The sad fact is that those with the power to effect change are usually those with the worst taste….Bad architecture, the offspring of powerful, arrogant, tasteless people, has not only created a tacky atmosphere, like most bad choices it has proved more expensive than good choices. I suspect the same thing will prove true with the new Museum of Contemporary Art in Chicago….In a city internationally known for its architecture, the contrast between what might have been and what is has had a depressing effect on the community.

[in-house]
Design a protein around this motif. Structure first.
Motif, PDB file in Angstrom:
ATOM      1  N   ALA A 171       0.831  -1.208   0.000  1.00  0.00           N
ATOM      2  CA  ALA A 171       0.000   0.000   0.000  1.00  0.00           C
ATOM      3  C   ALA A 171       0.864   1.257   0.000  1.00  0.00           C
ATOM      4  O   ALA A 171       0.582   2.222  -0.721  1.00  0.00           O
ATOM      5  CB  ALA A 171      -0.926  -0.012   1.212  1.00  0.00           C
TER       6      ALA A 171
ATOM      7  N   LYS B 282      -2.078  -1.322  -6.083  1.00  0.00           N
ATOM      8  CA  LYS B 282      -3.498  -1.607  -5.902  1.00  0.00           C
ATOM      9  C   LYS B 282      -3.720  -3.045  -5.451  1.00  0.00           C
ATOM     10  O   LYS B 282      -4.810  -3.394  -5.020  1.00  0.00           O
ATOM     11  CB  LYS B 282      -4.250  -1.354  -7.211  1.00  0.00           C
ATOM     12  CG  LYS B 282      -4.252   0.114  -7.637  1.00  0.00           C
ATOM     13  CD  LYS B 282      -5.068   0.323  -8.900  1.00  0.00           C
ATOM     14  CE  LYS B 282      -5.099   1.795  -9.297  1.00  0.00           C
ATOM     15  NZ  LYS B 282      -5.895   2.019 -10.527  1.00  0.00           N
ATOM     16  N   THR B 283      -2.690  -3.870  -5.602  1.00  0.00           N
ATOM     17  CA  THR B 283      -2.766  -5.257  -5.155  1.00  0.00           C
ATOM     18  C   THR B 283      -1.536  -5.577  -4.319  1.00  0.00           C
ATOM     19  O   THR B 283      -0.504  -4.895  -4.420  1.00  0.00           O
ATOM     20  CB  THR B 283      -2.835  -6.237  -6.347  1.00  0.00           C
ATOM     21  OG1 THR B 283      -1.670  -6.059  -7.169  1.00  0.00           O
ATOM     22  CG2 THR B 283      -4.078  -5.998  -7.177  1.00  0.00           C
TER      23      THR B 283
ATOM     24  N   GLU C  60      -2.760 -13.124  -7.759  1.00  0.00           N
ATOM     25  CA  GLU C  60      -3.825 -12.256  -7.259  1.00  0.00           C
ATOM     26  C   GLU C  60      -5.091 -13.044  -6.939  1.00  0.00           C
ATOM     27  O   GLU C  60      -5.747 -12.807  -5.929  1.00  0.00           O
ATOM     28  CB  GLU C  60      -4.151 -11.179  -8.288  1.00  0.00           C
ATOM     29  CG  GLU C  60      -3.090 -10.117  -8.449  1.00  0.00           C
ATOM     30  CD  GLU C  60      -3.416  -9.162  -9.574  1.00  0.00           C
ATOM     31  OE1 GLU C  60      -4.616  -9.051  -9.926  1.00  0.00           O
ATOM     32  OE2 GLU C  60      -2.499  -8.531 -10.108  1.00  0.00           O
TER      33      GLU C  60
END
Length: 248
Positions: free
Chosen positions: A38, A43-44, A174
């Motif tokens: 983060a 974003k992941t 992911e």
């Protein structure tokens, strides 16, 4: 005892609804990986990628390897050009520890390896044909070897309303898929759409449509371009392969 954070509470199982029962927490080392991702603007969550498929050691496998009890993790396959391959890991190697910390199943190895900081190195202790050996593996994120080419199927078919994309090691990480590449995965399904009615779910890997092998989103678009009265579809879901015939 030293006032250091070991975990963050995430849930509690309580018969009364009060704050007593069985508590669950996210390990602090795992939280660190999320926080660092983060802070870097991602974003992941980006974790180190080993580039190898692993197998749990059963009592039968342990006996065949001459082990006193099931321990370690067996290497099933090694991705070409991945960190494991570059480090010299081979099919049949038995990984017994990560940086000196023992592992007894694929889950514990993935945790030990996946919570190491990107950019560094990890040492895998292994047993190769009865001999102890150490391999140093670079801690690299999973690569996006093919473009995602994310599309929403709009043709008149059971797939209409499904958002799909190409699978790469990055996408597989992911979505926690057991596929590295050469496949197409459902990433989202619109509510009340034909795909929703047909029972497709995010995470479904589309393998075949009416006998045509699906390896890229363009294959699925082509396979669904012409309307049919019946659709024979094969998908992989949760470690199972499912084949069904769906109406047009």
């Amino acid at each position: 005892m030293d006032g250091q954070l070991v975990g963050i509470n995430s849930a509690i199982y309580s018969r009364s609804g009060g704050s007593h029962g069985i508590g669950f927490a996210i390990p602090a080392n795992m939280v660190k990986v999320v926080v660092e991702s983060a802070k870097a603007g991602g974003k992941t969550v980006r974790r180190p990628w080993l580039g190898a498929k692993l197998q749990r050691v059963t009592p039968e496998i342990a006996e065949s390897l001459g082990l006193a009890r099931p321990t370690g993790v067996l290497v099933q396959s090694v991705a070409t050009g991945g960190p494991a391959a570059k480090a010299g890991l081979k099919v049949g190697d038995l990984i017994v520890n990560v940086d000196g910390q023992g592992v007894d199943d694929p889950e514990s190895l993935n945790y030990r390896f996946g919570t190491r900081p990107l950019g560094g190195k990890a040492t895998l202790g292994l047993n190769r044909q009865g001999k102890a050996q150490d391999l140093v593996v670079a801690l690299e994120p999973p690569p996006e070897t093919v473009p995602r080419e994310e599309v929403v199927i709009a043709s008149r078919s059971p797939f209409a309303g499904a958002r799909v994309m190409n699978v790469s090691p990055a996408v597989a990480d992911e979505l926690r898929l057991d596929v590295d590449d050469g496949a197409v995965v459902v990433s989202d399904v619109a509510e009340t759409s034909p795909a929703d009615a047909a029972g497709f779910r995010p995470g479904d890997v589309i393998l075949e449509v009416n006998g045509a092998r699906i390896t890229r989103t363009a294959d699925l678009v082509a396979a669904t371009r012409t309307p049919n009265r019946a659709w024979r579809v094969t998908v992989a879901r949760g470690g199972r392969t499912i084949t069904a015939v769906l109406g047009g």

Interestingly, on June 1, 1997, on a flight to Madrid after the Pritzker Architecture Prize dinner at the almost-completed [Frank Gehry-designed] Bilbao Guggenheim, I found myself seated next to Rafael del Pino, CEO of Grupo Ferrovial, the contractors for the job. He told me the construction cost was $89 million, below the $100 million budget, for a building of 256,000 square feet, or $347 per square foot. The Chicago Museum of Contemporary Art cost $46 million for 150,000 square feet, or $307 per square foot. Jay Pritzker himself, whom I had implored to intervene when [Josef Paul] Kleihues’s model was unveiled, turned to me at the Bilbao dinner and said, “We could have had something like this!”